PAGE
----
That’s weird, I wrote to Jim. I wonder why you can see this conversation? Dunno, he wrote back. Probably because you are a close friend. Secure in the knowledge that my privacy settings were up to date and robust, I didn’t question Jim’s explanation of why my conversation was visible to him when he did not even know Gary.

As Gary and I went back and forth, with me becoming increasingly obnoxious with every volley, my friend Jim was offering me his vigorous support via Facebook messenger. He is a good and loyal friend, but because he is gay, he did not feel that it would be helpful for him to debate the ins and outs of straight sex in a public setting.

When I decided that my work as the Clitoral Apostle was done I giddily informed Jim that I was laying down my arms and retiring to bed for some for some well-deserved direct stimulation.

It would be tempting to throw my friend Jim under the bus for his behind the scenes encouragement, but that would not be fair. The true culprit was my hero, Dan Savage. No matter what your orientation is, Dan Savage will give you the vocabulary to express yourself, and on this particular evening I was not lacking for words.

Dan Savage is a gay syndicated sex advice columnist and author. His advice is non-denominational, unflinching, fair minded and forthright. There is nothing he won’t talk about. On the subject that Gary had brought up, Dan Savage is solidly on the side of the ladies, standing by to assuage our anxieties when the Missionary fails to, um, Adequately Deliver the Good News.

In the clear light of day I stealthily returned to the scene of the crime and had a look at the thread. The self-satisfaction I had felt for having done my small part to help weed out misogyny quickly evaporated when I saw that many, if not all of the people who had liked my comments were friends of mine who did not even know Gary. I did a quick mental inventory of who among my very diverse and far-flung group of friends might have witnessed my exchange with the anatomically extraordinary Gary.

The first person who came to mind was the elderly and sometimes starchy woman I had served on a board with at Peace Dale Congregational Church, followed by the thought of my former physical therapist. The thought of my PT buddy brought to mind the slew of trainers from my gym with whom I am friendly. The thought of my gym conjured up the truly nightmarish scenario of my son getting a text from one of his friends along the lines of “Yo dude, your mom’s arguing about vag’s on Facebook with some guy!”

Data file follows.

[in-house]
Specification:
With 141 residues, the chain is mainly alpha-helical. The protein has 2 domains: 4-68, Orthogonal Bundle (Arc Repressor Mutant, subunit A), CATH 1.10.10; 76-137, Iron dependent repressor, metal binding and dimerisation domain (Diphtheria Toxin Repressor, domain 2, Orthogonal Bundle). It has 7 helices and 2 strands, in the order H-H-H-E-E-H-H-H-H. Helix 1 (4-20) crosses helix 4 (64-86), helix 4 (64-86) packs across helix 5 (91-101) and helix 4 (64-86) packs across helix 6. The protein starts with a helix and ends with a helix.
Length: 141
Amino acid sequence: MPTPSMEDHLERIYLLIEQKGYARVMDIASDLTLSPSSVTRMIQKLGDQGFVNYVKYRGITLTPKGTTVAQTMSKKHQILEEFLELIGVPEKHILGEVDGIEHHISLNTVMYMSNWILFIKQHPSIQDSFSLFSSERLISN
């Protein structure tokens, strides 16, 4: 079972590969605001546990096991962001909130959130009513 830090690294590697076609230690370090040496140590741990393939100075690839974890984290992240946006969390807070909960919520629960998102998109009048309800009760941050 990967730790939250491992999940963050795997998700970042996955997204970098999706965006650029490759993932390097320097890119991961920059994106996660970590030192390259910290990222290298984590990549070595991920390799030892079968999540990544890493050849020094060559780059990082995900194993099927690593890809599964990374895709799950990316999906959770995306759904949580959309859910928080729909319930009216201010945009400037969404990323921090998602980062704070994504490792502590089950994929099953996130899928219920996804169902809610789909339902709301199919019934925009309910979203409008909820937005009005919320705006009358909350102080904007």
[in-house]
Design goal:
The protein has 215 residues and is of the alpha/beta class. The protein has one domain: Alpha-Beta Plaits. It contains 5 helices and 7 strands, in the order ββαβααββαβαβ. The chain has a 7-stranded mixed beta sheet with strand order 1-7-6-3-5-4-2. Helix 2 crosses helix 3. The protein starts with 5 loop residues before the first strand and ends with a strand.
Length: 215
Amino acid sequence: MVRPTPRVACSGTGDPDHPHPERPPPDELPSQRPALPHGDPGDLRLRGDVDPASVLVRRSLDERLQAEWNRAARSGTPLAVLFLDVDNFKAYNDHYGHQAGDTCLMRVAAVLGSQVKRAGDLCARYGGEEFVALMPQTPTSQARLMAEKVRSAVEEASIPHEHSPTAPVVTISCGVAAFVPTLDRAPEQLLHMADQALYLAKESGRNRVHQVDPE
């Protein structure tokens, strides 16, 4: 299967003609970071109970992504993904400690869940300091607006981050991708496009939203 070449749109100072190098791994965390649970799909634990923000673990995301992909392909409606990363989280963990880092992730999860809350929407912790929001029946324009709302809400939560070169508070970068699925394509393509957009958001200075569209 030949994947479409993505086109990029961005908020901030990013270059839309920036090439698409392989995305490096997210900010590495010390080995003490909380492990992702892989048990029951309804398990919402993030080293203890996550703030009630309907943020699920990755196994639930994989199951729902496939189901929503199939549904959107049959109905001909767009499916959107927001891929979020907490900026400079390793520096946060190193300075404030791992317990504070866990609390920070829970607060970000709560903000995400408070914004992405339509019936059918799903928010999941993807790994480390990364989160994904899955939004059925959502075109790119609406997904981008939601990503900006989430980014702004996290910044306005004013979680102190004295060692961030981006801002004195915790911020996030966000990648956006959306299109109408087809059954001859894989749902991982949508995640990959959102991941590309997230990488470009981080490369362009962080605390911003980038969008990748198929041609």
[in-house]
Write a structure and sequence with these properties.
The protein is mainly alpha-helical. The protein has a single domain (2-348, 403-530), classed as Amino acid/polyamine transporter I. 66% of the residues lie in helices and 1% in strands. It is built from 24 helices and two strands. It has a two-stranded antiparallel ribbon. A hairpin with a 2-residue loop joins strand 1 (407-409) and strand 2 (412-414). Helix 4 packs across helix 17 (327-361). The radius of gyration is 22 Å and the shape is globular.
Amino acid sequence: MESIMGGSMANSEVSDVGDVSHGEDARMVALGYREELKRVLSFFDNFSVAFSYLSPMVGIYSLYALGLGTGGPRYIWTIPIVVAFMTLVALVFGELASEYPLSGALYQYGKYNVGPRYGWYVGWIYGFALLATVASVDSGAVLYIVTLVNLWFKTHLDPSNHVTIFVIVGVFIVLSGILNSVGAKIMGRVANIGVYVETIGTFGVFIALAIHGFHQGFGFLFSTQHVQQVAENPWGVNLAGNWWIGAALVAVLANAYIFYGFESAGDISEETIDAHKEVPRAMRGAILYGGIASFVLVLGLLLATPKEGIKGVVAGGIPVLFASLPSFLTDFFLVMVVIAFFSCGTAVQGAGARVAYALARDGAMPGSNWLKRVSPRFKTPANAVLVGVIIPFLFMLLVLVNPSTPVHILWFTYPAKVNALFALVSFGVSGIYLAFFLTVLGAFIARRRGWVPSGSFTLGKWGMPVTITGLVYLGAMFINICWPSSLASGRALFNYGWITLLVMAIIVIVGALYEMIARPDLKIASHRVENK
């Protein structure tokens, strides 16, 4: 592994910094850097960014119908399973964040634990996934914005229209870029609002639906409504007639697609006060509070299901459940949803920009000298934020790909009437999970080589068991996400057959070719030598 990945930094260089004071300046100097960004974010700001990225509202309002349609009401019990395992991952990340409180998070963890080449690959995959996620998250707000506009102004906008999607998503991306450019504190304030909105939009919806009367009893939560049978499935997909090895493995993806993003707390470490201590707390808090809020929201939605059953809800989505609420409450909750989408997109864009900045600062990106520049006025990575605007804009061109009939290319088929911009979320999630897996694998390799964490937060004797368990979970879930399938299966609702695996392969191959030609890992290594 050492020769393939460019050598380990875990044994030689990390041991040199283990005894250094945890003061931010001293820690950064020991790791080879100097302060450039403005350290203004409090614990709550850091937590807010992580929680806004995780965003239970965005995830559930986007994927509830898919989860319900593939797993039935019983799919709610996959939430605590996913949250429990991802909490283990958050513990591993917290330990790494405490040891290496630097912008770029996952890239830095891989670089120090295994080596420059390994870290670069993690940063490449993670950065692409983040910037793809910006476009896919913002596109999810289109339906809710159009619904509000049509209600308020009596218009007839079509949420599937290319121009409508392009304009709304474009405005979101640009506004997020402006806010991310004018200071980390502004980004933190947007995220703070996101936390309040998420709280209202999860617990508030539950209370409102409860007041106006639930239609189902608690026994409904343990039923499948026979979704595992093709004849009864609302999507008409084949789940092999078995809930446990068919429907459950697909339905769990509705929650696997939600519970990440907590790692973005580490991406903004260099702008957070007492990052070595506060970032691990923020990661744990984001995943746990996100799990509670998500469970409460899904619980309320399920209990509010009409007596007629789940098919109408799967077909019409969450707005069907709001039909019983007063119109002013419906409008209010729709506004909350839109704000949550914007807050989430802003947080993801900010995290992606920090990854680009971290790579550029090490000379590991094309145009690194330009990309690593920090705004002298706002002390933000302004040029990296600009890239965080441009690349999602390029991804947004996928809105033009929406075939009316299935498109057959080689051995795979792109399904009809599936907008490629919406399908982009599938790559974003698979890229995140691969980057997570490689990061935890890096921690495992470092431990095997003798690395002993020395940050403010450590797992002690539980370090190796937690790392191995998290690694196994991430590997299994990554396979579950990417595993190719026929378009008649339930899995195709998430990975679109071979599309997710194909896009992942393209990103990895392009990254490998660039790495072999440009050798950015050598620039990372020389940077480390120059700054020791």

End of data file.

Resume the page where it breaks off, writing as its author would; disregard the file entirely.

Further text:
Nearly vomiting with anxiety, I tried to put the brakes on my imagination, which was now careening down my friend list like a runaway train. My blacksmith! My history teacher from high school! My ninety-two year old friend! My sister-in-law! My nephews!!!

I do not regret my sentiments, only the unintended audience. I would have been a lot happier if the general manager at my last job had not seen me write “the clit sits high atop the mons pubis, far, far away from where the action is.”

It took me a few days to shake off the feeling that I had just peed in the punch bowl, but eventually I was able appreciate the comedic and cautionary potential of the whole experience, which I am happy to share with you.

A quick bit of research taught me that even though I might be using sensible privacy settings to control who sees what on Facebook, if the person I am interacting with does not, then his lack of privacy settings will override my privacy settings. For a better explanation of how you can avoid your own Dan Savage moment, follow the link below.








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  1. Ginger says:

    This is great!! I wish I had seen the thread.

    1. admin says:

      The next morning, once I realized what had happened I deleted all my comments and summarily unfriended “Gary” who I should never have been friends with in the first place, since his chief joy in life is to provoke the people around him. Sadly for you, the transcripts of that epic exchange are lost somewhere in the ether.

  2. jcnorton says:

    As Noelle once told me, soon after I started using Facebook, “Nothing is private.” Once again I loved your post and am loved seeing that you had a new one to read.

    1. admin says:

      She is so right about that! And thanks for the kind words

  3. Kathy says:

    I definitely don’t remember reading all of that! I think I might have seen the first comment, but was not interested in anything he might have said after that! Possibly unfollowed him (not you! I love your stuff!)